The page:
If you’ve been tossing and turning at night unable to get restful sleep, hydroxyzine could be a potential solution for you. Although it’s an antihistamine, clinical trials show that the drug can help with sleeplessness and is often used off-label to treat insomnia.
But hydroxyzine isn’t available over-the-counter, so you can only get it with your doctor’s prescription. Find out how to get prescribed hydroxyzine conveniently and why it may be a fantastic solution for sleep problems.
What Is Hydroxyzine?
Hydroxyzine is an antihistamine typically used in adults and children to alleviate the symptoms of allergic reactions, including:
- Contact dermatitis
Thanks to its sedative properties, hydroxyzine is also used to manage anxiety and tension. Healthcare providers often administer it with other drugs during and after general anesthesia because it helps induce sleep due to its sedative properties.
Check out some basic facts about this drug in the table below:
How Hydroxyzine Induces Sleep
Hydroxyzine primarily blocks the release of histamine and provides relief from the symptoms of allergic reactions, but it also increases serotonin levels in the brain. This neurotransmitter influences your mood and body temperature—this combined effect slows down the central nervous system, inducing relaxation and promoting sleep.
Hydroxyzine is mainly a short-term solution for sleep problems—you should use it for a maximum of four months. According to the FDA, clinical studies haven’t investigated its effectiveness for long-term use. If this medication doesn’t provide relief, you should consult your healthcare provider about whether you should discontinue treatment.
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Who Can Prescribe Hydroxyzine?
Hydroxyzine is a prescription-only medication. Healthcare providers who can prescribe it include:
- General practitioners
- Other specialists such as sleep doctors
This medicine may interact with other substances, so your healthcare provider will assess your lifestyle and health status before deciding whether you’re the right candidate for hydroxyzine.
Doctors typically don’t prescribe hydroxyzine to patients with the following conditions:
- Long QT syndrome—The drug can prolong the QT interval, contributing to irregular heartbeat
- Glaucoma—Hydroxyzine can increase pressure in the eyes, worsening the condition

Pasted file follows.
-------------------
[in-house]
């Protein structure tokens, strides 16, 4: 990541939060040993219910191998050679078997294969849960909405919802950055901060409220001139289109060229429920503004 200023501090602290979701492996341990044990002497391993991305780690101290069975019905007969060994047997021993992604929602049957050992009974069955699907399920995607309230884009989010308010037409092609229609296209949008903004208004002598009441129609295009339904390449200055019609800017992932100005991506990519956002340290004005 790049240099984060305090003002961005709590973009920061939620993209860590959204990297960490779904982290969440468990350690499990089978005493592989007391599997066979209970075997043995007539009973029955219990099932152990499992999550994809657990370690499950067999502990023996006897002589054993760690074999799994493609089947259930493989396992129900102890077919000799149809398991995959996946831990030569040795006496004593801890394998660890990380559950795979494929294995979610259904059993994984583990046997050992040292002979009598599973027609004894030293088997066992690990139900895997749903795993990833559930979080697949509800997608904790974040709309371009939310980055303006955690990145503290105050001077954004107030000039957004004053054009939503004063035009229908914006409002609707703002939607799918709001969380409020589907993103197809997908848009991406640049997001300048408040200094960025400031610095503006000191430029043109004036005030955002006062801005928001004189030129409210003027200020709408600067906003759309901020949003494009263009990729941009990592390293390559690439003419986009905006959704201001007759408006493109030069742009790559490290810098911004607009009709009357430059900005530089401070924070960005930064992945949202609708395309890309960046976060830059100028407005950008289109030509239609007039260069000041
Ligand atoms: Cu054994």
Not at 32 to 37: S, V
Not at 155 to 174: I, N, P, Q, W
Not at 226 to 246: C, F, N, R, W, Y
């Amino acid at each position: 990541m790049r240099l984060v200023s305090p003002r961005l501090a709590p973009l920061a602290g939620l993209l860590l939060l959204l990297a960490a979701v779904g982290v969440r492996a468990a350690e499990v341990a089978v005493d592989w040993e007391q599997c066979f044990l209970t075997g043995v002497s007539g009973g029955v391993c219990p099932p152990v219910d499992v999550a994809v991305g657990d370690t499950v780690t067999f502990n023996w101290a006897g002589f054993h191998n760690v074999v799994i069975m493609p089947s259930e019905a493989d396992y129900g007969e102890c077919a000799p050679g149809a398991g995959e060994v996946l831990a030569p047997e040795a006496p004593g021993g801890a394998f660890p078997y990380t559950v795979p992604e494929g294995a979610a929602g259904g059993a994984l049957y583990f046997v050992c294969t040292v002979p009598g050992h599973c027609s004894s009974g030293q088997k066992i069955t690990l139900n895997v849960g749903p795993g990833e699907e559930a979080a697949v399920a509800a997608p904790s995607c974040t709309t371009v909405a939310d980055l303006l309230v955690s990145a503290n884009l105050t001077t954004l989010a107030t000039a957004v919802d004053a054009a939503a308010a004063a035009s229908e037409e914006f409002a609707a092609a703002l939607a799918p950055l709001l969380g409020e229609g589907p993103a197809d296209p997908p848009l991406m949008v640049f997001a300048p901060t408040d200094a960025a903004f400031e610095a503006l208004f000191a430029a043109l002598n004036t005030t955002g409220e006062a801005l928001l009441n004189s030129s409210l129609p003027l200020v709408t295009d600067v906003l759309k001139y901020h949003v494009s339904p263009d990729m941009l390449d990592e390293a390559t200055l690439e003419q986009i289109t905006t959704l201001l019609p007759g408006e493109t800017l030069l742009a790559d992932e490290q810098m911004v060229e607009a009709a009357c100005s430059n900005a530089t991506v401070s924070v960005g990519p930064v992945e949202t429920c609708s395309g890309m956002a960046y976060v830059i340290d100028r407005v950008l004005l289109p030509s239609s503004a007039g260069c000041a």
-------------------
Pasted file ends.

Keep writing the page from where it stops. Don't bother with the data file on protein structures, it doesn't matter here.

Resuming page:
- Allergy to cetirizine or levocetirizine—The drug is similar to these medications
- Heart disease—The medication can affect heart rate and rhythm and cause more complications
- Bladder or urination problems—The drug can cause urinary retention, complicating urination issues
- Blockage in the digestive tract—Hydroxyzine can slow down the movement of food and waste through the digestive tract, exacerbating problems for people with blocked digestive systems
This list isn’t exhaustive. You should inform your doctor about any recent medical conditions or procedures you had to help them design a safe treatment for you.
How To Take Hydroxyzine for Sleep
Hydroxyzine comes in tablet (typically prescribed for sleep problems), capsule, and liquid forms and is available in four doses:
- 10 mg
- 20 mg
- 50 mg
- 100 mg
When using it for sleeplessness, you should take the prescribed dose 60 minutes before bedtime to allow hydroxyzine sufficient time to kick in. The sedative effects typically subside after 4–6 hours, depending on your response to the medication and other substances you use.
While hydroxyzine can be effective in promoting sleep, you should combine it with other methods, including behavioral changes, to achieve lasting improvement. Complex underlying factors can cause sleep issues, so you should see a sleep medicine specialist to reach a long-term solution.
With less than 1% of doctors in the U.S. specializing in sleep medicine, getting an appointment might be challenging, especially since an estimated 50–70 million adults in the country grapple with sleep disorders. The good news is that telehealth platforms like Kick can connect you with sleep medicine specialists without long and complicated procedures. Designed by a Stanford sleep specialist, Dr. Alex Dimitriu, Kick’s sleep program is customized to your specific sleep problems, health status, and medical history.
Kick—Sleep Well, Live Better